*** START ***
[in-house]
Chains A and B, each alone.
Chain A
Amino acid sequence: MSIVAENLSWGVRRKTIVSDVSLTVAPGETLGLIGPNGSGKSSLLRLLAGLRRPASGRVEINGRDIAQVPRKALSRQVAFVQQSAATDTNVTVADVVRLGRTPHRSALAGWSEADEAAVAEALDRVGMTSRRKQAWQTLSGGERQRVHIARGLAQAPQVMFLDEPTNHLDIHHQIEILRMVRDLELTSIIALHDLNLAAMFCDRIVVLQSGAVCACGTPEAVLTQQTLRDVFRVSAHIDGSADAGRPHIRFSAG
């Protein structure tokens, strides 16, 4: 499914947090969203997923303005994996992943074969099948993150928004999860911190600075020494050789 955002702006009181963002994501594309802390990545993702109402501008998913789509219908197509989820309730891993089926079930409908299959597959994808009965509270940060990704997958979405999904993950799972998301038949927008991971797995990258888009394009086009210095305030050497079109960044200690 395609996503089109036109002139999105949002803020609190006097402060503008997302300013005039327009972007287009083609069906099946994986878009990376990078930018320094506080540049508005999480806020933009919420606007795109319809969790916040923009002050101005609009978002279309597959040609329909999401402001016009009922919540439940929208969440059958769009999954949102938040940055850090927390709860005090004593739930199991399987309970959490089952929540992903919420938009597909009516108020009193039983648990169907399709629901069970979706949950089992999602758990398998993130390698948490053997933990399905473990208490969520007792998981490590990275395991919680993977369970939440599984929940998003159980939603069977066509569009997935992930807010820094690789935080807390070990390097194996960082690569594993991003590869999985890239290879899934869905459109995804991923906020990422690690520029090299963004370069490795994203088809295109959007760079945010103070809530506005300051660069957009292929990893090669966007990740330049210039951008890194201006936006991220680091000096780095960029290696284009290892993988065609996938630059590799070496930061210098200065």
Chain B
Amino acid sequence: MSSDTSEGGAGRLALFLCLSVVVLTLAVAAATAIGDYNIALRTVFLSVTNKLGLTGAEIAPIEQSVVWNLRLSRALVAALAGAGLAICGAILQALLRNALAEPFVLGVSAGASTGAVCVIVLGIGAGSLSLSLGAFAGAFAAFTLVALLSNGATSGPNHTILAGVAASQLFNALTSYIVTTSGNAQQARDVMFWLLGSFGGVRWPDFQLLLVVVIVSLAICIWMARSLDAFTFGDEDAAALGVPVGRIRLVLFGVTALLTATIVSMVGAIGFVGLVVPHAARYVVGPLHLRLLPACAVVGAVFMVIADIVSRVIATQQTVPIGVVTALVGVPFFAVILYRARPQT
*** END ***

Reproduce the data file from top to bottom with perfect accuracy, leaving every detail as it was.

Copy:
[in-house]
Chains A and B, each alone.
Chain A
Amino acid sequence: MSIVAENLSWGVRRKTIVSDVSLTVAPGETLGLIGPNGSGKSSLLRLLAGLRRPASGRVEINGRDIAQVPRKALSRQVAFVQQSAATDTNVTVADVVRLGRTPHRSALAGWSEADEAAVAEALDRVGMTSRRKQAWQTLSGGERQRVHIARGLAQAPQVMFLDEPTNHLDIHHQIEILRMVRDLELTSIIALHDLNLAAMFCDRIVVLQSGAVCACGTPEAVLTQQTLRDVFRVSAHIDGSADAGRPHIRFSAG
């Protein structure tokens, strides 16, 4: 499914947090969203997923303005994996992943074969099948993150928004999860911190600075020494050789 955002702006009181963002994501594309802390990545993702109402501008998913789509219908197509989820309730891993089926079930409908299959597959994808009965509270940060990704997958979405999904993950799972998301038949927008991971797995990258888009394009086009210095305030050497079109960044200690 395609996503089109036109002139999105949002803020609190006097402060503008997302300013005039327009972007287009083609069906099946994986878009990376990078930018320094506080540049508005999480806020933009919420606007795109319809969790916040923009002050101005609009978002279309597959040609329909999401402001016009009922919540439940929208969440059958769009999954949102938040940055850090927390709860005090004593739930199991399987309970959490089952929540992903919420938009597909009516108020009193039983648990169907399709629901069970979706949950089992999602758990398998993130390698948490053997933990399905473990208490969520007792998981490590990275395991919680993977369970939440599984929940998003159980939603069977066509569009997935992930807010820094690789935080807390070990390097194996960082690569594993991003590869999985890239290879899934869905459109995804991923906020990422690690520029090299963004370069490795994203088809295109959007760079945010103070809530506005300051660069957009292929990893090669966007990740330049210039951008890194201006936006991220680091000096780095960029290696284009290892993988065609996938630059590799070496930061210098200065």
Chain B
Amino acid sequence: MSSDTSEGGAGRLALFLCLSVVVLTLAVAAATAIGDYNIALRTVFLSVTNKLGLTGAEIAPIEQSVVWNLRLSRALVAALAGAGLAICGAILQALLRNALAEPFVLGVSAGASTGAVCVIVLGIGAGSLSLSLGAFAGAFAAFTLVALLSNGATSGPNHTILAGVAASQLFNALTSYIVTTSGNAQQARDVMFWLLGSFGGVRWPDFQLLLVVVIVSLAICIWMARSLDAFTFGDEDAAALGVPVGRIRLVLFGVTALLTATIVSMVGAIGFVGLVVPHAARYVVGPLHLRLLPACAVVGAVFMVIADIVSRVIATQQTVPIGVVTALVGVPFFAVILYRARPQT